"Il prend des rendez-vous autant qu'il peut."
Translation:He takes as many appointments as he can.
this translation into english is not right. English would be " he has as many "
Thanks for that. Would it not in fact be the more correct way? The sentence proposed does not feel right?
I agree with you, not because the sentence does not feel right (it does), but because for consistency, we always prefer faithful translations whenever possible.
Why not: He takes appointments, as many as he can. See the following context: he is a famous singer and his manager arranges/makes appointments for him, and he takes as many as he can.
I think that the point being made here is that although in English we make an appointment, in French they can say prendre (un) rendez-vous to mean the same thing
I'm a bit confused by what is meant by "taking an appointment". Is it the same as "making an appointment", or would this be expressed differently?
"Prendre des rendez-vous" is "to book appointments/meetings".
What can change is who initiated them. These appointments can be booked upon his request or his clients'.
We would probably say "tenir un rendez-vous" to mean "make an appointment", if not "prendre part à un rendez-vous" or "participer à un rendez-vous".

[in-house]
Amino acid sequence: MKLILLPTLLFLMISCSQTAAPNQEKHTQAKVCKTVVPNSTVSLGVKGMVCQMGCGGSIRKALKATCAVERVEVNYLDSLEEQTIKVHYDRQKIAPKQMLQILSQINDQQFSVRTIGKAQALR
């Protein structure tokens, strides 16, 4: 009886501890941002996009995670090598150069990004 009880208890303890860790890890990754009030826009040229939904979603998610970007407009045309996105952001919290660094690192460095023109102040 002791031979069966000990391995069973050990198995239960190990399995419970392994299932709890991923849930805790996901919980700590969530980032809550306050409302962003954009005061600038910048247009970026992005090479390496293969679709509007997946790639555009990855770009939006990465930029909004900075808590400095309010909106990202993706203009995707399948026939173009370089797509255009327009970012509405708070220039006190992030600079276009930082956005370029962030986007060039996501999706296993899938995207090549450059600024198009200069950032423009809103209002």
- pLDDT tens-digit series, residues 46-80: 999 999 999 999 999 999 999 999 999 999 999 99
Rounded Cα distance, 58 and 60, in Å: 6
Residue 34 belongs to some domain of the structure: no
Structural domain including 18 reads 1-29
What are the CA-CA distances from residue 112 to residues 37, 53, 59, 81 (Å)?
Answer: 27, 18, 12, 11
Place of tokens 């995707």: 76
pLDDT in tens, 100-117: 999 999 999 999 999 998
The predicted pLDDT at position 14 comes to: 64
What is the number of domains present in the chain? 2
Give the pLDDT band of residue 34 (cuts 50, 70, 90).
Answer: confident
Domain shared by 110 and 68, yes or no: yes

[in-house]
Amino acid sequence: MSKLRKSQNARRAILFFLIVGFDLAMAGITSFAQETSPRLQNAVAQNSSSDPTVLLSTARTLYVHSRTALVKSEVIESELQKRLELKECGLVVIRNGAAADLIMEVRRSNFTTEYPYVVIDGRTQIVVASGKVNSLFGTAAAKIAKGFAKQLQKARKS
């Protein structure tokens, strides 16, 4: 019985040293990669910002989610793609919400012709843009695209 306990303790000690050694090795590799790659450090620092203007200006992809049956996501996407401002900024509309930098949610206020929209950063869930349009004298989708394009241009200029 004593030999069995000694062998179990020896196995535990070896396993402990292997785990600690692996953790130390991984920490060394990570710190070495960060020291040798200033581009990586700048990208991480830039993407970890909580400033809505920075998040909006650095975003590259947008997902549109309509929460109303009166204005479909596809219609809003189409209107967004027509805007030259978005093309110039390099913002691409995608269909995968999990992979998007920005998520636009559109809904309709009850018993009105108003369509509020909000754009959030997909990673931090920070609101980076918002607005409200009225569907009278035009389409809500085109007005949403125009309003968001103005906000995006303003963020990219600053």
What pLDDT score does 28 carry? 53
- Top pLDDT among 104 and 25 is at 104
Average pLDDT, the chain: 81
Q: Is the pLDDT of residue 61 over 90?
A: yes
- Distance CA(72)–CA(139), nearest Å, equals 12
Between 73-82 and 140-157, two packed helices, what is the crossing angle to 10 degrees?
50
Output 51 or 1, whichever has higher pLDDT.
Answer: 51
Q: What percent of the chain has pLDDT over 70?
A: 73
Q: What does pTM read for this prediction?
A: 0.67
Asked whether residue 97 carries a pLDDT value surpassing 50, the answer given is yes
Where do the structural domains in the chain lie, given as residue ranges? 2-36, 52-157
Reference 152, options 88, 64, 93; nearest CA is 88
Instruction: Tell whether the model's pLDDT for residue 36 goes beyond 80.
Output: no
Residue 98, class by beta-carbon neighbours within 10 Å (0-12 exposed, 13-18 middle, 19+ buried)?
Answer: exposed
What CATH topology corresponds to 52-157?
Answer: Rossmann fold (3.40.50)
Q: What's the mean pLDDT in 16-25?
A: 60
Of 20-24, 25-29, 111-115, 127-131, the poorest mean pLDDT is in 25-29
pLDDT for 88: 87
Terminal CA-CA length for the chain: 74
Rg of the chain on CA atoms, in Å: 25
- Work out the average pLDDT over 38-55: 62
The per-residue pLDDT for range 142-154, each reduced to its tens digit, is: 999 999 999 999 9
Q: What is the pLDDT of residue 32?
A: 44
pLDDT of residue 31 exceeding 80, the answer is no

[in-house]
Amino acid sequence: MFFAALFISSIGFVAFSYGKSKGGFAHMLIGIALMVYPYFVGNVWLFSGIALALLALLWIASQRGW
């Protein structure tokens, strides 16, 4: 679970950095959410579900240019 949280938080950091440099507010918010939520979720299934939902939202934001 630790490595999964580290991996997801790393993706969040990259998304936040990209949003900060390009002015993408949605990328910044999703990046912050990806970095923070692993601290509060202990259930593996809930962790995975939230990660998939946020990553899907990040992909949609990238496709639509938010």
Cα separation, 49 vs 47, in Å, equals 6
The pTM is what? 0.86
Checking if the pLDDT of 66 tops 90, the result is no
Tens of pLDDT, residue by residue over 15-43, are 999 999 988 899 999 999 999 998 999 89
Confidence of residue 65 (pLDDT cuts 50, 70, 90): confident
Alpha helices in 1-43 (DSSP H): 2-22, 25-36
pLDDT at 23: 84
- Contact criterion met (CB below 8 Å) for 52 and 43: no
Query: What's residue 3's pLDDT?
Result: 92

For me it returned the suggested answer "He's meetings as much as he can", which is not correct English.
This is surprising because I can't find this version on the list of accepted translations, only: "he is making/taking as many meetings/appointments as he can/is able to".
Strictly speaking "prendre des rendez-vous" is to organize them, not to attend them. Besides "autant que" is about quantity, not frequency, and "as often as" would be "aussi souvent que".
See the answer above by Sitesurf.
"Strictly speaking "prendre des rendez-vous" is to organize them, not to attend them."
Since "autant que" here seems to be connected with "il peut" rather than "rendez-vous", I decided to try a parallel English translation
"He takes appointments as much as he can."
and it was accepted.